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SEB report: UK recovery on firm footing

SEB report: UK recovery on firm footing

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Published by SEB Group
After near zero growth last year, the UK economy has recovered in style this year. Real GDP has risen 1 per cent in the first half of the year and indicators suggest even stronger momentum in the second half of the year, say SEB’s economists in a new research note.
After near zero growth last year, the UK economy has recovered in style this year. Real GDP has risen 1 per cent in the first half of the year and indicators suggest even stronger momentum in the second half of the year, say SEB’s economists in a new research note.

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Categories:Types, Business/Law
Published by: SEB Group on Oct 09, 2013
Copyright:Attribution Non-commercial

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12/08/2013

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United Kingdom economy: Recovery on firm footing
WEDNESDAY
OCTOBER 9, 2013
 
After near zero growth last year, the UK economy has recovered in style this year. Real GDP hasrisen 1 per cent in the first half of the year and
indicators suggest even stronger momentum
 in the second half of the year, which is why we are maintaining our above-consensus view fromthe August issue of
Nordic Outlook 
. After a 1.5 per cent real GDP increase this year,
our forecastis for a pick-up to 2.3 per cent in 2014 and to 2.6 per cent in 2015.
Meanwhile the Bloombergconsensus is 1.3 per cent, 2.0 per cent and 2.4 per cent in 2013-2015 (Chart 1).
 
Our
activity indicator
(Chart 2) points to 1 per cent quarter-on-quarter growth in Q3, thusexceeding the 0.7 per cent quarterly rise in Q2. Moreover,
the CIPS/Markit surveys
(Chart 3) onmanufacturing, services and construction are all at healthy levels, suggesting a
broad-basedrecovery
. Meanwhile
consumer confidence
(Chart 4) has climbed to its highest level sincebefore the Great Recession.
 
After having stagnated – deflated in real terms – for three years, British
home prices
(Chart 5)have increased 5-6 per cent in nominal terms since last October.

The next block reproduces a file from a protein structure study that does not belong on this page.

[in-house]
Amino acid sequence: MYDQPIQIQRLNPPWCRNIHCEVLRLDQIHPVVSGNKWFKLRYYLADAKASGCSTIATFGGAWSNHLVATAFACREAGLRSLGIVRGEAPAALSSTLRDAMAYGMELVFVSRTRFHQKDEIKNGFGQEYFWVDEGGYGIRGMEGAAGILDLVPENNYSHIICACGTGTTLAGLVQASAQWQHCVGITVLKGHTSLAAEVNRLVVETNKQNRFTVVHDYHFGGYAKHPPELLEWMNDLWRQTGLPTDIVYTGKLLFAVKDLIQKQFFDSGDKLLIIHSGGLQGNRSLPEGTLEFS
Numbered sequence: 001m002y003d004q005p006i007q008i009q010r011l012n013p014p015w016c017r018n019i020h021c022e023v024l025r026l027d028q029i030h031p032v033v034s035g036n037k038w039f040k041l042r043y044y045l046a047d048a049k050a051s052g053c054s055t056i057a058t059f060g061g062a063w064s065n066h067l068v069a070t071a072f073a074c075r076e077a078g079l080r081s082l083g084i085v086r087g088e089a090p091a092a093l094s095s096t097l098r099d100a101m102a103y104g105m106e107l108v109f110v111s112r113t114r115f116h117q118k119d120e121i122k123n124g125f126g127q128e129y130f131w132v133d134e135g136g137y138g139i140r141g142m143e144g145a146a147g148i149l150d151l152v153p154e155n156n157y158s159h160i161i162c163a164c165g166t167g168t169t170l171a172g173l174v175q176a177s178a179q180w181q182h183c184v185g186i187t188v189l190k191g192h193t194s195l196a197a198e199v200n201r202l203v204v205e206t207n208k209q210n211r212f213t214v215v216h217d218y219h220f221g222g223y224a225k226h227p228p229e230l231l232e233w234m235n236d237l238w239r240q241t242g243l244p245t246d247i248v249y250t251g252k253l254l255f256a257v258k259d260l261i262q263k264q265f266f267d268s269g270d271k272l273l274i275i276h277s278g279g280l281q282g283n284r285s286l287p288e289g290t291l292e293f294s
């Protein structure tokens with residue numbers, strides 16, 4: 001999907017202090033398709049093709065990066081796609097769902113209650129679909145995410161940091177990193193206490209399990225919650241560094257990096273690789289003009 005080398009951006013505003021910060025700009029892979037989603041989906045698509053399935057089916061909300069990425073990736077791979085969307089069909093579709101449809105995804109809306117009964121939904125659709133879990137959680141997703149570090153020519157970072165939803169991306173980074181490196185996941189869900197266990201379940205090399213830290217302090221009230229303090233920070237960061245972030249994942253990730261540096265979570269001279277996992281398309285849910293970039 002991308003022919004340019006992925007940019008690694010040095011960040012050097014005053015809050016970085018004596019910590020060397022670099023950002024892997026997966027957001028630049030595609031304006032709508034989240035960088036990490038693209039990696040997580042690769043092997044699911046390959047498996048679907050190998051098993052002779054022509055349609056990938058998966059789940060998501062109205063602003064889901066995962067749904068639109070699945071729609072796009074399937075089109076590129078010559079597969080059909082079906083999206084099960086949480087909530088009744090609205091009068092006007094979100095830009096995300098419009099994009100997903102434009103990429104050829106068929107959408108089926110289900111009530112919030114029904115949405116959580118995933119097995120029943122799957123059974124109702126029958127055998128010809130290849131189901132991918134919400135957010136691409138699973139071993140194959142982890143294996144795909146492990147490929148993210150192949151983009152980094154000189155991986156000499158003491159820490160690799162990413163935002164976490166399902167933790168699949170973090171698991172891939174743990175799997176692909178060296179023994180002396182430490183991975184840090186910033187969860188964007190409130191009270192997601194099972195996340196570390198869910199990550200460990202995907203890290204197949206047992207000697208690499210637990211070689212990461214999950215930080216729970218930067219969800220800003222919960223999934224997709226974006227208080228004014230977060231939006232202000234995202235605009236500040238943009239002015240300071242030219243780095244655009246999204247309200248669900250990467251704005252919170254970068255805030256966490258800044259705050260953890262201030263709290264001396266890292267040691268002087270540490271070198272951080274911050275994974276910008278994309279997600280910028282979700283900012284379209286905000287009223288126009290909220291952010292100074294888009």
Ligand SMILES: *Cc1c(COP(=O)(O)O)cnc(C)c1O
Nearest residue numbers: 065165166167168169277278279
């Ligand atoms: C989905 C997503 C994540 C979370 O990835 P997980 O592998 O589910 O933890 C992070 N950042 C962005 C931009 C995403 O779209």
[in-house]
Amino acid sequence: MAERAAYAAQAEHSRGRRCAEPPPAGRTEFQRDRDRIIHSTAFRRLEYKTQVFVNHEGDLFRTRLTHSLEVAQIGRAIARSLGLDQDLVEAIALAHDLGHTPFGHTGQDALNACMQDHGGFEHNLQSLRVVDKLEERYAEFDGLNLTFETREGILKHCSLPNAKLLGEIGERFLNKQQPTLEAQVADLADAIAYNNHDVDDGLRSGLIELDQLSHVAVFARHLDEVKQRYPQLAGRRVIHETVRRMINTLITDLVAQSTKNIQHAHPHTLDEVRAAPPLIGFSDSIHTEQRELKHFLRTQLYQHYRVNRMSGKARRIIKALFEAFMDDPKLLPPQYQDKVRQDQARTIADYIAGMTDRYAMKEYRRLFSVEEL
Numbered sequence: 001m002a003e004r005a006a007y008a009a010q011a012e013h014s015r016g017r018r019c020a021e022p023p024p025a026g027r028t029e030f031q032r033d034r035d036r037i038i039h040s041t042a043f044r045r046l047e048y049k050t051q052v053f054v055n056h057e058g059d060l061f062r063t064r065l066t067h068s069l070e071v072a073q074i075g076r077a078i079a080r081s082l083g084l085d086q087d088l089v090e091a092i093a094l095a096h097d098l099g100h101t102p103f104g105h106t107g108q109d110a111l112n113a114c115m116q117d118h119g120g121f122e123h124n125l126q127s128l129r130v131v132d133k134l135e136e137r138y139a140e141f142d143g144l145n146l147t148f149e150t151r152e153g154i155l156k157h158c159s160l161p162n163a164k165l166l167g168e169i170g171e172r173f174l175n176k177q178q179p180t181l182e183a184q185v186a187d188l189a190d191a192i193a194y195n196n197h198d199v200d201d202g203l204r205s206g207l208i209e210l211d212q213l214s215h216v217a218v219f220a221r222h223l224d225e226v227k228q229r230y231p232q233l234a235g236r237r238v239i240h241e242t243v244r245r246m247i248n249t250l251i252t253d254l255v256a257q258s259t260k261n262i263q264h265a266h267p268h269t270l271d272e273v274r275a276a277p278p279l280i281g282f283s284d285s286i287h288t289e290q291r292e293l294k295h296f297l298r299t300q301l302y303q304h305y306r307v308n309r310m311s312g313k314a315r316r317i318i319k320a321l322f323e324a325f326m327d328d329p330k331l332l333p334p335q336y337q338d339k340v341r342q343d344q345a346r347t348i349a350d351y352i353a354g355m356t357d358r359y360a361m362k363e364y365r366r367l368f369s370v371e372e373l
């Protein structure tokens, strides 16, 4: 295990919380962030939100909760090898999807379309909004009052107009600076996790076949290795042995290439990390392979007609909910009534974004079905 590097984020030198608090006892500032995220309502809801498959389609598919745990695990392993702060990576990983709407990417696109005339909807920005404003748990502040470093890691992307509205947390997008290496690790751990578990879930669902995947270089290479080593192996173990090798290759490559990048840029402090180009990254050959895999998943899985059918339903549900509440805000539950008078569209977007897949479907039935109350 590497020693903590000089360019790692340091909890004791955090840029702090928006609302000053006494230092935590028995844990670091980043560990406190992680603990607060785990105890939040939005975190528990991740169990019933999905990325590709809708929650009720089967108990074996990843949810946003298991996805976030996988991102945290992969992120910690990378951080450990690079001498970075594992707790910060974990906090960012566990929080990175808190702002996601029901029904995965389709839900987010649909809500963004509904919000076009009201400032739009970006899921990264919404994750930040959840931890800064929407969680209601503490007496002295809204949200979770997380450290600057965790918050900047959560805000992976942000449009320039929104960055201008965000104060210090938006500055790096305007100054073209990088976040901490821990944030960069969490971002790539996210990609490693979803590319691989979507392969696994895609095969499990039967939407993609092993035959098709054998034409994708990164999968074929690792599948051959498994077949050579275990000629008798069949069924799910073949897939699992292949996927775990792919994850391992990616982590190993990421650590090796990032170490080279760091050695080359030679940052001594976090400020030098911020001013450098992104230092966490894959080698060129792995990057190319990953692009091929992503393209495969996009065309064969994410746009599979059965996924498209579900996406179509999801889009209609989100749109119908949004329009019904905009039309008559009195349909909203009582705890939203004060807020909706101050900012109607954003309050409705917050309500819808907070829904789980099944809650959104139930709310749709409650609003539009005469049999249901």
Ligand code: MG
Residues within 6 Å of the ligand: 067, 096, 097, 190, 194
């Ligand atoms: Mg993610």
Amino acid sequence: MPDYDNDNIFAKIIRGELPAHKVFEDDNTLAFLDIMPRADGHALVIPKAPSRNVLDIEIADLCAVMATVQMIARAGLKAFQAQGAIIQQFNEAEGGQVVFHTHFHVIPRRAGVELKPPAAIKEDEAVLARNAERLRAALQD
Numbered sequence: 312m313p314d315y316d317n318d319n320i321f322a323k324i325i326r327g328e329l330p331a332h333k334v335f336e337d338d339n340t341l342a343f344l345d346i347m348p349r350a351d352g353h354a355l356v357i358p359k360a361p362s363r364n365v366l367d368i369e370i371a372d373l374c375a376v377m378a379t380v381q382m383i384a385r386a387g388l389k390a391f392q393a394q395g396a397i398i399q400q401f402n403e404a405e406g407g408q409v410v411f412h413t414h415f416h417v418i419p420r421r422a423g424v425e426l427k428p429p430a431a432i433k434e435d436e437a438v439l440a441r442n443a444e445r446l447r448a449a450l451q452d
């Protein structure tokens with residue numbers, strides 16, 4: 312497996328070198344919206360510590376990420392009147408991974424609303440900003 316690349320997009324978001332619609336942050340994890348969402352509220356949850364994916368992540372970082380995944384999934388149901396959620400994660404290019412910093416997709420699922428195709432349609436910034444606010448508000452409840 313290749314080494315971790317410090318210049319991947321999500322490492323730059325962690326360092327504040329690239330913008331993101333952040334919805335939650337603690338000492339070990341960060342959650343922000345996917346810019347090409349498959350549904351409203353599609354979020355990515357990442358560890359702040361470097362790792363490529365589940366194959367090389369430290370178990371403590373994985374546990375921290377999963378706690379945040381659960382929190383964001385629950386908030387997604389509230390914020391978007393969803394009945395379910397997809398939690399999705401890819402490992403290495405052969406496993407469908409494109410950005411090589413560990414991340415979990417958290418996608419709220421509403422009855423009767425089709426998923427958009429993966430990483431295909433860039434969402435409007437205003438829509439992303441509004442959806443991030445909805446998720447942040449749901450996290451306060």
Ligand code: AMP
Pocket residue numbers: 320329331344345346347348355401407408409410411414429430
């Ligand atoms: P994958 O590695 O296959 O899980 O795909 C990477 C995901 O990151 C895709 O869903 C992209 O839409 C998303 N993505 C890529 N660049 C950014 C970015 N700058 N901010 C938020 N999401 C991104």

Real earnings
(Chart 6) are stillfalling, but
consumer spending growth
(Chart 7) has rebounded, accounting for about half ofthe real GDP growth seen thus far in 2013. Meanwhile the
savings ratio
(Chart 8) has fallenanew below its historical average and
household deleveraging
(Chart 9) has levelled out –developments which the better tone of the housing market may well partly explain.
 
Productivity
(Chart 10) has completely stagnated since 2007. While some of the shortfall maywell be permanent in nature, the
output gap
(Chart 11) is estimated at 4 per cent of GDP in 2013,which is the widest for at least 30 years. A pick-up in productivity in the years ahead means thatabove-trend GDP growth is unlikely to translate into particularly strong
employment growth
(Chart 12) although near-term
employment indicators
(Chart 13) are positive. Meanwhile ourforecast is for the
unemployment rate
(Chart 14) to drift slowly downward and hit 7 per centlate in 2015 – at which point the Bank of England will consider raising interest rates.
Inflation
 (Chart 15) has been above target since November 2009 but will be close to target in 2014-2015.One factor worth keeping an eye on, however, is
money growth
(Chart 16) which is no longerfalling.
Mattias Bruér
SEB Economic Research
Key data
Percentage change
2012 2013 2014 2015
GDP* 0.2 1.5 2.3 2.6Unemployment
**
8.1 7.9 7.6 7.3Inflation* 2.8 2.6 2.3 2.0
* Percentage change, ** Per cent of labour force,Source: SEB
 
 2
 

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